Bignall, John. "Who Discovered Insulin," The Lancet 342 (28 August 1993), p. 547.
The usual reply to this question "Banting and Best"; and many might also know that the
discovery was made in Toronto and merited a Nobel prize in 1923. Awarded to Banting and
Best? No - to Banting and Macleod.
Until recently, even those in the university from which Macleod graduated and where he served
as Regius Professor of Physiology would be excused ignorance of his achievement: his sole
memorial being a plaque in the library commemorating a gift of books. Banting and Best, on the
other hand, have their names enshrined in chairs of medical research, memorial lectures, and
educational foundations; and Banting even has a crater on the moon named after him. History is
seldom even-handed in apportioning praise and may be excused for favouring the glamour of an
impoverished lecturer in physiology (Banting) and a medical student (Best) over a successful
professor, especially after Banting accused Macleod of trying to steal the limelight.
A supplement to the Proceedings of the Royal College of Physicians of Edinburgh reviews J. J.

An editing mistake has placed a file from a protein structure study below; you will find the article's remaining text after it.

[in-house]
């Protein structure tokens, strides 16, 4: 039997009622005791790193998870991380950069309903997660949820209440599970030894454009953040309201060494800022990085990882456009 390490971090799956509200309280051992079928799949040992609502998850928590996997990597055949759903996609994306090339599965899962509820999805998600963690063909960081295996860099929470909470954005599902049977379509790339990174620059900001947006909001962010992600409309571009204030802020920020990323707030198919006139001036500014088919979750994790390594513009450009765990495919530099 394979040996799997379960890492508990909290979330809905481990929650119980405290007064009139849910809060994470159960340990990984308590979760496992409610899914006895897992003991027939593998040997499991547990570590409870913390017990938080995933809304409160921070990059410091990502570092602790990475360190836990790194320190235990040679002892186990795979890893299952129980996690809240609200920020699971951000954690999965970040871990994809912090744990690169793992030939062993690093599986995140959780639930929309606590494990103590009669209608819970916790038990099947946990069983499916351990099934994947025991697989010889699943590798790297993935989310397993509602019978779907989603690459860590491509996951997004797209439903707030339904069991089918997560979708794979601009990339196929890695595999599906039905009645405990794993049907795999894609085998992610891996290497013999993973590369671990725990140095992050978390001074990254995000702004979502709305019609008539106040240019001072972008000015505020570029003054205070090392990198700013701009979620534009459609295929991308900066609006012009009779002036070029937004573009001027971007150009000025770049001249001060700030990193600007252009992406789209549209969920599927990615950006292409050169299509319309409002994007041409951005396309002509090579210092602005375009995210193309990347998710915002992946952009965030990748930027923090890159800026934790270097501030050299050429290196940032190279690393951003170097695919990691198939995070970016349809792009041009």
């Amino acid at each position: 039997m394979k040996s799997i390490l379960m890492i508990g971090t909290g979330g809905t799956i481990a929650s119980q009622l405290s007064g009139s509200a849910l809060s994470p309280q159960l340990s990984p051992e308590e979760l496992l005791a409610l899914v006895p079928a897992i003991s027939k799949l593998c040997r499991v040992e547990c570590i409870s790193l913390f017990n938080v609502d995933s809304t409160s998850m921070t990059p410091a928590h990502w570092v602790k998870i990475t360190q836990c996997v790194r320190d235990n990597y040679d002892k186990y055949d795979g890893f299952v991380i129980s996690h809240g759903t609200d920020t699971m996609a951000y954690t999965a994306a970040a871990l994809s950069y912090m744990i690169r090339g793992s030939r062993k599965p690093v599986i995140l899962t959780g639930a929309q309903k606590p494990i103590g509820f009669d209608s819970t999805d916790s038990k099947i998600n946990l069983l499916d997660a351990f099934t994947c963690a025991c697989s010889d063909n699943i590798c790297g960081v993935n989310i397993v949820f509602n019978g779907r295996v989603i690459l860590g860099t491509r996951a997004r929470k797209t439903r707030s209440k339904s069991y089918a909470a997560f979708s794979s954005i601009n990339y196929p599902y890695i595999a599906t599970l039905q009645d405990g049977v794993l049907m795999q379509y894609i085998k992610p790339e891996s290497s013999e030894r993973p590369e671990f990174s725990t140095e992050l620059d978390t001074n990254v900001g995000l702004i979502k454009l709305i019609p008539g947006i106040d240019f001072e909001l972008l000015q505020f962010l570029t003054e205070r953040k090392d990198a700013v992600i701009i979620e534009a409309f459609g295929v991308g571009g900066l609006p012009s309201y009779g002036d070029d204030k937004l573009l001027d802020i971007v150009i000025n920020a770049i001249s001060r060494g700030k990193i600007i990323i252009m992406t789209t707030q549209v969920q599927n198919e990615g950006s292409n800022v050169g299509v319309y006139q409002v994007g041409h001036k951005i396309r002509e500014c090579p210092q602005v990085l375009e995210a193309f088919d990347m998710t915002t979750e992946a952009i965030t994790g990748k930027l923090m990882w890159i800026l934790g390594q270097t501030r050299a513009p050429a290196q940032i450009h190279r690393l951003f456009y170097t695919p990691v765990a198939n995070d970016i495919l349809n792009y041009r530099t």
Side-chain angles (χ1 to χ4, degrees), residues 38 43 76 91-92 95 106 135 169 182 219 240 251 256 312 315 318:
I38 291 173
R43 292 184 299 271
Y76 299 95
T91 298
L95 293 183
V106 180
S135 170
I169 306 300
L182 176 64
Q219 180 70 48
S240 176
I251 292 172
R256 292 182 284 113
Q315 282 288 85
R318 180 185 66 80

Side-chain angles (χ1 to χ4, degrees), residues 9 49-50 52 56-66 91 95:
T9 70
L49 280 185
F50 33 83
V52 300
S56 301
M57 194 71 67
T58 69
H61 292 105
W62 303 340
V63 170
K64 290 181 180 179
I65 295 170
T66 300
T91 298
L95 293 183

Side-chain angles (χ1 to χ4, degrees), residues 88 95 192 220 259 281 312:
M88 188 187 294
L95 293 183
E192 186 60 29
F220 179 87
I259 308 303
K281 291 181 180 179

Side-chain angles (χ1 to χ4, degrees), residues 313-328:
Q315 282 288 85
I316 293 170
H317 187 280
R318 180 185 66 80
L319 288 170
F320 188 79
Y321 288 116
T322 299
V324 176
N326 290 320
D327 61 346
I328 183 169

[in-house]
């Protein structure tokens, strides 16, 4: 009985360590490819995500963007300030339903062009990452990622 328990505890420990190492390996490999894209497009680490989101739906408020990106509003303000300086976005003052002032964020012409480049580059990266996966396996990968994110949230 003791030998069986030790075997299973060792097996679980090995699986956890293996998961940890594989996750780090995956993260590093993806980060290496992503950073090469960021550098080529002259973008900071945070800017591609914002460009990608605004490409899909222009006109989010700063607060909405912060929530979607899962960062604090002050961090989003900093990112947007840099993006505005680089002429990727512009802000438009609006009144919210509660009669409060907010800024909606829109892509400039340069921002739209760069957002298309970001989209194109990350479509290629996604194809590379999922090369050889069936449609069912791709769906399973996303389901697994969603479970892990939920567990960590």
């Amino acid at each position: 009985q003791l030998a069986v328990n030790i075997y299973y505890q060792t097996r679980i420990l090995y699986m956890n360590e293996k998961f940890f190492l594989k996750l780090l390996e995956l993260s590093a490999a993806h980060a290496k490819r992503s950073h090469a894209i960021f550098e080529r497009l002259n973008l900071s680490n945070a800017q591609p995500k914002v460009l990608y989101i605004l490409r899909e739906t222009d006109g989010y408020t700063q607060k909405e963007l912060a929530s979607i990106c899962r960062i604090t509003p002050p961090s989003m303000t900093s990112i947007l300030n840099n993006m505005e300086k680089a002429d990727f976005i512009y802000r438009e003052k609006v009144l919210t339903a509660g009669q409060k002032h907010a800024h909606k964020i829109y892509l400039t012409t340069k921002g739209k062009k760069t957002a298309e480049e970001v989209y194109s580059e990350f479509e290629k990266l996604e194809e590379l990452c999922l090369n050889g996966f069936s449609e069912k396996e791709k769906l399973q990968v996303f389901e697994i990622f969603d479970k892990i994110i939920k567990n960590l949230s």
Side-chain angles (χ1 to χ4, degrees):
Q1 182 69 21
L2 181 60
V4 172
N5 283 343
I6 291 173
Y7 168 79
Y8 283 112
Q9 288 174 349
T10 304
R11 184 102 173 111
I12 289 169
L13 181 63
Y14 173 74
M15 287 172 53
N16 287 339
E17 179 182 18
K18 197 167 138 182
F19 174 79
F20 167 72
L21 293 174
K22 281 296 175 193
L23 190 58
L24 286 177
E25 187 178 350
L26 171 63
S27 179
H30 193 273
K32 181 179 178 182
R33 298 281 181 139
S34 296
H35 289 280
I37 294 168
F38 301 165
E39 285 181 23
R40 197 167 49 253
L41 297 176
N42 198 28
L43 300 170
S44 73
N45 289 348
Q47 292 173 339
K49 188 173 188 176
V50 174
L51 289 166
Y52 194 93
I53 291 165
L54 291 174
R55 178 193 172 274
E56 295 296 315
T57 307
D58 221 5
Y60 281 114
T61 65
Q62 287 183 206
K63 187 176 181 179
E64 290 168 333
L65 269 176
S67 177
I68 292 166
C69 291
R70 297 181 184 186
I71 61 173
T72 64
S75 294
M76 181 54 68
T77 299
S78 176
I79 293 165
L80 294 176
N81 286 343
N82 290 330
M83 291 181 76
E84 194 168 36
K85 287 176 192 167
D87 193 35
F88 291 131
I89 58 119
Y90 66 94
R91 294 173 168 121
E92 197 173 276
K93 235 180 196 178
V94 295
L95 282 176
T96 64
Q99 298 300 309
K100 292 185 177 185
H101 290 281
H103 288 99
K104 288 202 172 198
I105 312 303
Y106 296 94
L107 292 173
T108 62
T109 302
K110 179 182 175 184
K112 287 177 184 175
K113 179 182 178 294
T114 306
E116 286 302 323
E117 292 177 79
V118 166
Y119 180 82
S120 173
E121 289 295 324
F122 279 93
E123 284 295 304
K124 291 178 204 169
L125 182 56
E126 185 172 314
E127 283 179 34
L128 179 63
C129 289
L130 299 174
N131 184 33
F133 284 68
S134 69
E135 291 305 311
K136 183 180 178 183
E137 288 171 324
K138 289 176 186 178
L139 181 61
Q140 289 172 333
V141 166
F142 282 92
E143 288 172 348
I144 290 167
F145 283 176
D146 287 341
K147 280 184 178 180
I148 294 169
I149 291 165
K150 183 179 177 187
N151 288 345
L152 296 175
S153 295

R. Macleod's life and the events in Toronto in the mid-twenties, and notes the recent
rehabilitation of Macleod's reputation. The truth - as usual - is more interesting than the myth.
The myth has it that Banting, sleepless one night noted down "Diabetus. Legate pancreatic ducts
of dogs. Keep dogs alive till acini degenerate leaving Islets. Try to isolate the internal secretions
of these to relieve glycosurea" (sic). According to the myth, he approached Macleod, who
reluctantly gave laboratory space; he then enlisted Best and discovered insulin. The truth is that
ligating pancreatic ducts in dogs was irrelevant - insulin was recovered from the intact pancreas
by a visiting professor of biochemistry, Collip, with Macleod's participation and encouragement.
After the Nobel award, Banting split his prize money with Best, and Macleod his with Collip.
There the dispute should have ended, had Banting allowed it to do so. Instead he publicly scorned
Macleod;s part in the discovery and the "Banting and Best" version became established.
Macleod returned to Aberdeen to the Regius chair in 1928, continued his researches into
carbohydrate metabolism, became a Fellow of the Royal Society, and died, at the age of 58 in
1935. In 1990, lecture halls were named after him in Toronto and Aberdeen, and his gravestone
was restored. Small recompense, perhaps, for his part in one of the most useful discoveries of
Williams, M.W. J. J. P. Macleod: The co-discoverer of insulin. Proc R Coll Phys Edin 1993; 23
(suppl 3); 1-125.